Why is it important to transmit? Because a simple response “There, but by the grace of God I go” to deeply rooted and willfully pursued shadow lives of extreme and grievous sin is patently unhealthy for the body of Christ. This mitigates the offence; it cuts off the reaction. Instead, such things are to be met with horror and revulsion, not a sense of identification. This trivializes it and even, dare we say it, normalizes it. We must be as appalled at these things as Paul was when he wrote to the Corinthians:
“I also received a report of outrageous sex within your church family, a kind that would not be tolerated even outside of the church: One of your men is sleeping with his stepmother. And you’re so above it all that it doesn’t even bother you! Shouldn’t that break your heart? Shouldn’t that bring you to your knees in tears? » (I Corinthians 5:1-2, Msg)
Yes, I can be tempted by sexual sin. I can be tempted by any number of sins. And, most certainly, fall prey. But there is a line between any follower of Christ’s propensity for sin and a life that has seemingly abandoned even the most basic attempt at self-restraint. Such surrender is not part of the life of Christ. It is not even part of the life of the average person who is not a follower of Christ.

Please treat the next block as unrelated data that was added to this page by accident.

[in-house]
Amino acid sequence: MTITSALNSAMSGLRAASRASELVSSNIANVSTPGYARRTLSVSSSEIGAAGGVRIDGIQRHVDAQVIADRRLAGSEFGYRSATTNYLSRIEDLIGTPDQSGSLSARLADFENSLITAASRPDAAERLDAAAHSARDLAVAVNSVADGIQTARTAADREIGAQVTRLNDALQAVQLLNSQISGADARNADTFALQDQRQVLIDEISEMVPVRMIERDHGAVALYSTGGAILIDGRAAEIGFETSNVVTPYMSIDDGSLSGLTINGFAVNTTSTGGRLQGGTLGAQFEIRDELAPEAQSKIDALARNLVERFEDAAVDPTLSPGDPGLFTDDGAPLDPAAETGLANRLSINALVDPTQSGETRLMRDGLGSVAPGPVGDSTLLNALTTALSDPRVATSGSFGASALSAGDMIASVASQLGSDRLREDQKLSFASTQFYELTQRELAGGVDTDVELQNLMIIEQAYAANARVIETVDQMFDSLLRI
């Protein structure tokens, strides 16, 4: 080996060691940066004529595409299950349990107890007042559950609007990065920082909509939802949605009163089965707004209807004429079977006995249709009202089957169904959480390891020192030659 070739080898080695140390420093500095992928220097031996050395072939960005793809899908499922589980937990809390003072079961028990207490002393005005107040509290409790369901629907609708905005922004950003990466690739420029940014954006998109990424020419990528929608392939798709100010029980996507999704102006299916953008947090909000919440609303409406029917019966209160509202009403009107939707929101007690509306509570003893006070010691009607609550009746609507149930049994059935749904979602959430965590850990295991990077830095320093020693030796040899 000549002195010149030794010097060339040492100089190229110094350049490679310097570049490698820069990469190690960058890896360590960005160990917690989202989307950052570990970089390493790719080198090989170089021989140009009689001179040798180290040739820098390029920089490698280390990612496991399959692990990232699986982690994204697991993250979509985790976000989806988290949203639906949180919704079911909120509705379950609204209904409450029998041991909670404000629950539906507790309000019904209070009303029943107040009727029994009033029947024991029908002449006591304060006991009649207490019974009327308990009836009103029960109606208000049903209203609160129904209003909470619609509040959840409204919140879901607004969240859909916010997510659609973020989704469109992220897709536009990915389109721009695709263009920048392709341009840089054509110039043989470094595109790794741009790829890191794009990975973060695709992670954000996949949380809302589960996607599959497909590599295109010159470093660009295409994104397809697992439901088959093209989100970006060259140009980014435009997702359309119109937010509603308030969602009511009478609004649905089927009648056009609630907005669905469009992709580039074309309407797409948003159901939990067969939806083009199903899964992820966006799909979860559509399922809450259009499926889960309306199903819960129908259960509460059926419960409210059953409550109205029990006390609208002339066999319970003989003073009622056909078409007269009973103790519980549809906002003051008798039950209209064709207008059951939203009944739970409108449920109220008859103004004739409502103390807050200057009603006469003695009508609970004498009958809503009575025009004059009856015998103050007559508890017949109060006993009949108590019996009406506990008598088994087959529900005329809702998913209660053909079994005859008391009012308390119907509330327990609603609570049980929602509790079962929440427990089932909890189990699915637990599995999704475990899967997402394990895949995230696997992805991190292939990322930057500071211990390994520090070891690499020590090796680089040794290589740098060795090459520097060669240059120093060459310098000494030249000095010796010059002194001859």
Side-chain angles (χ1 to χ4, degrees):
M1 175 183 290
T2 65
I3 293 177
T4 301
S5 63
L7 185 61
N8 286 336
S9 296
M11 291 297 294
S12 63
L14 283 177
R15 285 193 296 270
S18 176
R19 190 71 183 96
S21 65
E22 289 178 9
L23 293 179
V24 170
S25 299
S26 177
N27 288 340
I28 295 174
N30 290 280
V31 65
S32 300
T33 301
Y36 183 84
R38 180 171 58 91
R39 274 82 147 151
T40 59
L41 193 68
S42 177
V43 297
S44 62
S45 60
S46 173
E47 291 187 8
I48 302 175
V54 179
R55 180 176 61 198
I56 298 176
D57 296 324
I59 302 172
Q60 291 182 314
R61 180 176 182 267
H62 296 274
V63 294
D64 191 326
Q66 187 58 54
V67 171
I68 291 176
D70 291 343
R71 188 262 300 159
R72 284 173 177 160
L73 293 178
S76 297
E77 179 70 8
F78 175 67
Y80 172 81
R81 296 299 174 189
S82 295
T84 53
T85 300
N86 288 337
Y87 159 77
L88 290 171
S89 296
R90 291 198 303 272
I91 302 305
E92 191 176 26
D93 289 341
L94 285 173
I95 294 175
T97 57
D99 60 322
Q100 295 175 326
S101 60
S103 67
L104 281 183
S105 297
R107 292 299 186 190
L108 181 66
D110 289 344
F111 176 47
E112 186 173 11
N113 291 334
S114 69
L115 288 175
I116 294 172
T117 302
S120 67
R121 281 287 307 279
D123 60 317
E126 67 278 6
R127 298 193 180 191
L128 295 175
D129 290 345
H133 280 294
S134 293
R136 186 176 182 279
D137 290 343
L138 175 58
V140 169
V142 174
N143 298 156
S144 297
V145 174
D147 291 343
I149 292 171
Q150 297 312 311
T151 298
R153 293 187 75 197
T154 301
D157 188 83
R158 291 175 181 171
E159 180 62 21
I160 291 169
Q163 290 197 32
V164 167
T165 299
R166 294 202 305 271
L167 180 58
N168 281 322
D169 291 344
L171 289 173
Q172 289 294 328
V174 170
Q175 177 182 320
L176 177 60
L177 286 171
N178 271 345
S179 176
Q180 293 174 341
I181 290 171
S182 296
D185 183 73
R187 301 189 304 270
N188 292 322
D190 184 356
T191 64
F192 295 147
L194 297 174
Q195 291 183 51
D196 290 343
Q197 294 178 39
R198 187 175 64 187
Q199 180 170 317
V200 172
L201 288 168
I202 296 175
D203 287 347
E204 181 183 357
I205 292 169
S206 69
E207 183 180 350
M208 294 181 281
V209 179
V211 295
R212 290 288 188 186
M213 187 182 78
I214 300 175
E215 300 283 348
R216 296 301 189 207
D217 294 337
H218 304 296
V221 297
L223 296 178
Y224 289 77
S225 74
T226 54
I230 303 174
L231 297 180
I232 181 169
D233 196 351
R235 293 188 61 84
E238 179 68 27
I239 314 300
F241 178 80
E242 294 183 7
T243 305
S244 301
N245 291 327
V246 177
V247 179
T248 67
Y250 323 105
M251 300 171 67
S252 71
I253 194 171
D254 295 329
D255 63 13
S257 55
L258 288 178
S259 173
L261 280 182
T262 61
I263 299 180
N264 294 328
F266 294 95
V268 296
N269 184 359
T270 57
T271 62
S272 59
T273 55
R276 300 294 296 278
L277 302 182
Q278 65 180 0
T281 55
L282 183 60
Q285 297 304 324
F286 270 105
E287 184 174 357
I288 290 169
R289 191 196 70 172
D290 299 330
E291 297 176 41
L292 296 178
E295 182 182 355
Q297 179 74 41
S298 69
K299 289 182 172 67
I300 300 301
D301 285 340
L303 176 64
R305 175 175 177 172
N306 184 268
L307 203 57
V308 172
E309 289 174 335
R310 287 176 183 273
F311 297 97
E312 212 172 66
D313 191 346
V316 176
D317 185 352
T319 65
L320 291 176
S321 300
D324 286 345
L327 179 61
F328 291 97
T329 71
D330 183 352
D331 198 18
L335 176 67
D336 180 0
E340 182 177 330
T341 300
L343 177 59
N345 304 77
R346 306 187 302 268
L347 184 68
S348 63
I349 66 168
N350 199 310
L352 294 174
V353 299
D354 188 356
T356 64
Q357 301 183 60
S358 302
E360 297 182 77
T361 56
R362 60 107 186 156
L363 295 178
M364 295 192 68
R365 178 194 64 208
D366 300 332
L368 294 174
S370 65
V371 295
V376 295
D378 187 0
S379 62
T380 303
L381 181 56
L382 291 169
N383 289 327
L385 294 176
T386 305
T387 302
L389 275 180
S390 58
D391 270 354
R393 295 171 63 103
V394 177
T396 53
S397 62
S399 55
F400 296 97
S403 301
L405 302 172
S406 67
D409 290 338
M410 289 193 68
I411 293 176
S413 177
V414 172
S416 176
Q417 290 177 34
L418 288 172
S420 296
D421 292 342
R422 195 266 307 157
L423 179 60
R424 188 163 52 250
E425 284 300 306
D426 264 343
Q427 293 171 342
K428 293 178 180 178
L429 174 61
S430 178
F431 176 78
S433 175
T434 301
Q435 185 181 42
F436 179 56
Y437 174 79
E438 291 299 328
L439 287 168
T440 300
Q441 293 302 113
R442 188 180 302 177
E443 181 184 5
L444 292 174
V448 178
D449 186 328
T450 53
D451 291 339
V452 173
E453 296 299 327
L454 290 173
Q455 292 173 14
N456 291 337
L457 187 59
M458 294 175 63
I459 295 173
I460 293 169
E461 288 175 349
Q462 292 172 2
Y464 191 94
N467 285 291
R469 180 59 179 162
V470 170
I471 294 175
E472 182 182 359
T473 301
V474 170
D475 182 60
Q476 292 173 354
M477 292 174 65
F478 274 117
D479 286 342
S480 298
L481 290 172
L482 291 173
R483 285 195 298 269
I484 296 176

I recently watched world news on a plane. He had me at Tom Hanks.
The film revolves around a young girl scarred by an unimaginable tragedy. Her family of origin was killed by the Kiowa who then took her in. His next Kiowa family was killed by soldiers. Hanks’ character, Captain Jefferson Kyle Kidd (a former Confederate soldier now traveling from town to town reading the news for a penny a person – hence the title), is forced to take her under his wing and attempt to reunite with this little family he has left. Along the way, men attempt to bribe her for trafficking and sex, and even her prospective family ties her up with rope. After finding out about her situation and untying her, Hanks simply says, “But she’s just a kid!”
There was such basic decency about his character (as there is with most Hanks movies). Where others would have abused the child, taken advantage of the child, turned a blind eye to the child, the character played by Hanks sought nothing more than to protect, understand and love the child.
His character was not a perfect man, just a good one.
And there are few excuses for Christians not being the same.
Mike Cosper, “Who Killed Mars Hill?” Christianity todayJune 21, 2021, read online.
About the Author
James Emery White is the founder and senior pastor of Mecklenburg Community Church in Charlotte, North Carolina, and the assistant professor of theology and culture at Gordon-Conwell Theological Seminary, where he also served as their fourth president. His last book After “I believe” is now available on Amazon or at your favorite bookstore. To take advantage of a free Church & Culture blog subscription, visit ChurchAndCulture.org, where you can view past blogs in our archive and read the latest church and culture news from around the world. Follow Dr. White on TwitterFacebook and Instagram @JamesEmeryWhite.